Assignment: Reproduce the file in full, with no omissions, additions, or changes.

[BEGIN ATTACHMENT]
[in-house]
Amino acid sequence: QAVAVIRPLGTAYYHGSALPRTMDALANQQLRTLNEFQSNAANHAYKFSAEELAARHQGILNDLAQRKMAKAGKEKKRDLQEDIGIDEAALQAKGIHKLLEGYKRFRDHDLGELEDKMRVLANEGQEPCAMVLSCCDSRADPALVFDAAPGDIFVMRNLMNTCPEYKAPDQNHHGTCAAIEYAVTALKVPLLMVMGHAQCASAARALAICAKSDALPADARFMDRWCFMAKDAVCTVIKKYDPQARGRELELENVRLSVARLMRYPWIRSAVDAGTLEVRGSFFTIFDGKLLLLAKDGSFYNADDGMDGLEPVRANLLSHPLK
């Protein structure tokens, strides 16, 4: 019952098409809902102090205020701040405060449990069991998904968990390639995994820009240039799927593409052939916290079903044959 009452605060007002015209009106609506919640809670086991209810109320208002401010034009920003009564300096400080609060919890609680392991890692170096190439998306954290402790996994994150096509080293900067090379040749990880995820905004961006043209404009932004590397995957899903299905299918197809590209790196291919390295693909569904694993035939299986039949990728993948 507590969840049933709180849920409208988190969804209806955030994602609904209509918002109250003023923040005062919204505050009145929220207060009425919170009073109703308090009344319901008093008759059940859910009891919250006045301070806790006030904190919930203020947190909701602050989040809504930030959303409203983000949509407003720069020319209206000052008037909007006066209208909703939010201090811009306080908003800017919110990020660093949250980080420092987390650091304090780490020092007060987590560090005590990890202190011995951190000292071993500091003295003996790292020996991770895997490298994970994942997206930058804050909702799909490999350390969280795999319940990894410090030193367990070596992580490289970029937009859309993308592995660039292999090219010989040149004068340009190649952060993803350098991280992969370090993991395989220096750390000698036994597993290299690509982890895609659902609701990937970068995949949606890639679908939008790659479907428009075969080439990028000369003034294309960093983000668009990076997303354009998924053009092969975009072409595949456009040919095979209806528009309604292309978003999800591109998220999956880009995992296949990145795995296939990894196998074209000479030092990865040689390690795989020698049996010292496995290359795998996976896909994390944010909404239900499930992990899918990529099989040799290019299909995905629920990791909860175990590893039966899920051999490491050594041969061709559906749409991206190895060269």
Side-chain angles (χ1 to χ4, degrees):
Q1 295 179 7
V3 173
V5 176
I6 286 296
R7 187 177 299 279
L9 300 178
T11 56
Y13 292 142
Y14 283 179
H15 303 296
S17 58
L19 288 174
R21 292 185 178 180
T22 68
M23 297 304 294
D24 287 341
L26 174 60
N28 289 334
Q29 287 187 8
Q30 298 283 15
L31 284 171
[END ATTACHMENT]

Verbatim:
[in-house]
Amino acid sequence: QAVAVIRPLGTAYYHGSALPRTMDALANQQLRTLNEFQSNAANHAYKFSAEELAARHQGILNDLAQRKMAKAGKEKKRDLQEDIGIDEAALQAKGIHKLLEGYKRFRDHDLGELEDKMRVLANEGQEPCAMVLSCCDSRADPALVFDAAPGDIFVMRNLMNTCPEYKAPDQNHHGTCAAIEYAVTALKVPLLMVMGHAQCASAARALAICAKSDALPADARFMDRWCFMAKDAVCTVIKKYDPQARGRELELENVRLSVARLMRYPWIRSAVDAGTLEVRGSFFTIFDGKLLLLAKDGSFYNADDGMDGLEPVRANLLSHPLK
């Protein structure tokens, strides 16, 4: 019952098409809902102090205020701040405060449990069991998904968990390639995994820009240039799927593409052939916290079903044959 009452605060007002015209009106609506919640809670086991209810109320208002401010034009920003009564300096400080609060919890609680392991890692170096190439998306954290402790996994994150096509080293900067090379040749990880995820905004961006043209404009932004590397995957899903299905299918197809590209790196291919390295693909569904694993035939299986039949990728993948 507590969840049933709180849920409208988190969804209806955030994602609904209509918002109250003023923040005062919204505050009145929220207060009425919170009073109703308090009344319901008093008759059940859910009891919250006045301070806790006030904190919930203020947190909701602050989040809504930030959303409203983000949509407003720069020319209206000052008037909007006066209208909703939010201090811009306080908003800017919110990020660093949250980080420092987390650091304090780490020092007060987590560090005590990890202190011995951190000292071993500091003295003996790292020996991770895997490298994970994942997206930058804050909702799909490999350390969280795999319940990894410090030193367990070596992580490289970029937009859309993308592995660039292999090219010989040149004068340009190649952060993803350098991280992969370090993991395989220096750390000698036994597993290299690509982890895609659902609701990937970068995949949606890639679908939008790659479907428009075969080439990028000369003034294309960093983000668009990076997303354009998924053009092969975009072409595949456009040919095979209806528009309604292309978003999800591109998220999956880009995992296949990145795995296939990894196998074209000479030092990865040689390690795989020698049996010292496995290359795998996976896909994390944010909404239900499930992990899918990529099989040799290019299909995905629920990791909860175990590893039966899920051999490491050594041969061709559906749409991206190895060269």
Side-chain angles (χ1 to χ4, degrees):
Q1 295 179 7
V3 173
V5 176
I6 286 296
R7 187 177 299 279
L9 300 178
T11 56
Y13 292 142
Y14 283 179
H15 303 296
S17 58
L19 288 174
R21 292 185 178 180
T22 68
M23 297 304 294
D24 287 341
L26 174 60
N28 289 334
Q29 287 187 8
Q30 298 283 15
L31 284 171